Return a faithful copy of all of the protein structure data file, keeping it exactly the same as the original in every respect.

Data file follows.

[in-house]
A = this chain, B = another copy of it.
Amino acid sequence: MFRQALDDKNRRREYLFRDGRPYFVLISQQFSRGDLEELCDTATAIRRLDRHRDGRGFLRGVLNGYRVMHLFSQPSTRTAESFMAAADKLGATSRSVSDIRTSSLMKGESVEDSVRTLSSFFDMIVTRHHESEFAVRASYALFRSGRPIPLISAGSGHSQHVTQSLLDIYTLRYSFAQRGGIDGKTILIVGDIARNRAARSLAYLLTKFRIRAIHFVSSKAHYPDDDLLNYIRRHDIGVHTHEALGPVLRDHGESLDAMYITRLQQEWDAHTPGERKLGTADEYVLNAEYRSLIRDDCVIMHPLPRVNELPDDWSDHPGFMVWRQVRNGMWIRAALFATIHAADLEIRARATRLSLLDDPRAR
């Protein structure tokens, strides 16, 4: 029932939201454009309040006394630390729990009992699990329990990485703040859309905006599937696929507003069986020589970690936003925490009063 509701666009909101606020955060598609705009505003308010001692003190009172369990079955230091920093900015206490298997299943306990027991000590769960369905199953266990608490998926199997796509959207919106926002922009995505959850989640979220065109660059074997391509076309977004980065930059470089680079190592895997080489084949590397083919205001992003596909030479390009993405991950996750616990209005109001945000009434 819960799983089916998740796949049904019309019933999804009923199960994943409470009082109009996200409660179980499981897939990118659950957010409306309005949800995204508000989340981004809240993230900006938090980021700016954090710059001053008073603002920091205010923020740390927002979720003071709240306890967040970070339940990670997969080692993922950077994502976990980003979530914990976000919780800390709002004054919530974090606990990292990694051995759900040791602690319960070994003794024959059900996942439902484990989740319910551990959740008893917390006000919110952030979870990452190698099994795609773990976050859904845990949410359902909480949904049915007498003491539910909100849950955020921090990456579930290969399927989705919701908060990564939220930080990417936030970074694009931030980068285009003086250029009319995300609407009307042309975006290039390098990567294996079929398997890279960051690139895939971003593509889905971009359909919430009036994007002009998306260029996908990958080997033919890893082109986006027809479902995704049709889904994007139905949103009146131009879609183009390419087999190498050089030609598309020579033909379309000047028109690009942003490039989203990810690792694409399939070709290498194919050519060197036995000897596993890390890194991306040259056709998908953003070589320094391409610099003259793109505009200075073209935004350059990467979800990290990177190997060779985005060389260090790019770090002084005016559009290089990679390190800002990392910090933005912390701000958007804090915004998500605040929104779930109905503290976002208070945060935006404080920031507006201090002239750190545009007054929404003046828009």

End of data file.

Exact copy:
[in-house]
A = this chain, B = another copy of it.
Amino acid sequence: MFRQALDDKNRRREYLFRDGRPYFVLISQQFSRGDLEELCDTATAIRRLDRHRDGRGFLRGVLNGYRVMHLFSQPSTRTAESFMAAADKLGATSRSVSDIRTSSLMKGESVEDSVRTLSSFFDMIVTRHHESEFAVRASYALFRSGRPIPLISAGSGHSQHVTQSLLDIYTLRYSFAQRGGIDGKTILIVGDIARNRAARSLAYLLTKFRIRAIHFVSSKAHYPDDDLLNYIRRHDIGVHTHEALGPVLRDHGESLDAMYITRLQQEWDAHTPGERKLGTADEYVLNAEYRSLIRDDCVIMHPLPRVNELPDDWSDHPGFMVWRQVRNGMWIRAALFATIHAADLEIRARATRLSLLDDPRAR
């Protein structure tokens, strides 16, 4: 029932939201454009309040006394630390729990009992699990329990990485703040859309905006599937696929507003069986020589970690936003925490009063 509701666009909101606020955060598609705009505003308010001692003190009172369990079955230091920093900015206490298997299943306990027991000590769960369905199953266990608490998926199997796509959207919106926002922009995505959850989640979220065109660059074997391509076309977004980065930059470089680079190592895997080489084949590397083919205001992003596909030479390009993405991950996750616990209005109001945000009434 819960799983089916998740796949049904019309019933999804009923199960994943409470009082109009996200409660179980499981897939990118659950957010409306309005949800995204508000989340981004809240993230900006938090980021700016954090710059001053008073603002920091205010923020740390927002979720003071709240306890967040970070339940990670997969080692993922950077994502976990980003979530914990976000919780800390709002004054919530974090606990990292990694051995759900040791602690319960070994003794024959059900996942439902484990989740319910551990959740008893917390006000919110952030979870990452190698099994795609773990976050859904845990949410359902909480949904049915007498003491539910909100849950955020921090990456579930290969399927989705919701908060990564939220930080990417936030970074694009931030980068285009003086250029009319995300609407009307042309975006290039390098990567294996079929398997890279960051690139895939971003593509889905971009359909919430009036994007002009998306260029996908990958080997033919890893082109986006027809479902995704049709889904994007139905949103009146131009879609183009390419087999190498050089030609598309020579033909379309000047028109690009942003490039989203990810690792694409399939070709290498194919050519060197036995000897596993890390890194991306040259056709998908953003070589320094391409610099003259793109505009200075073209935004350059990467979800990290990177190997060779985005060389260090790019770090002084005016559009290089990679390190800002990392910090933005912390701000958007804090915004998500605040929104779930109905503290976002208070945060935006404080920031507006201090002239750190545009007054929404003046828009």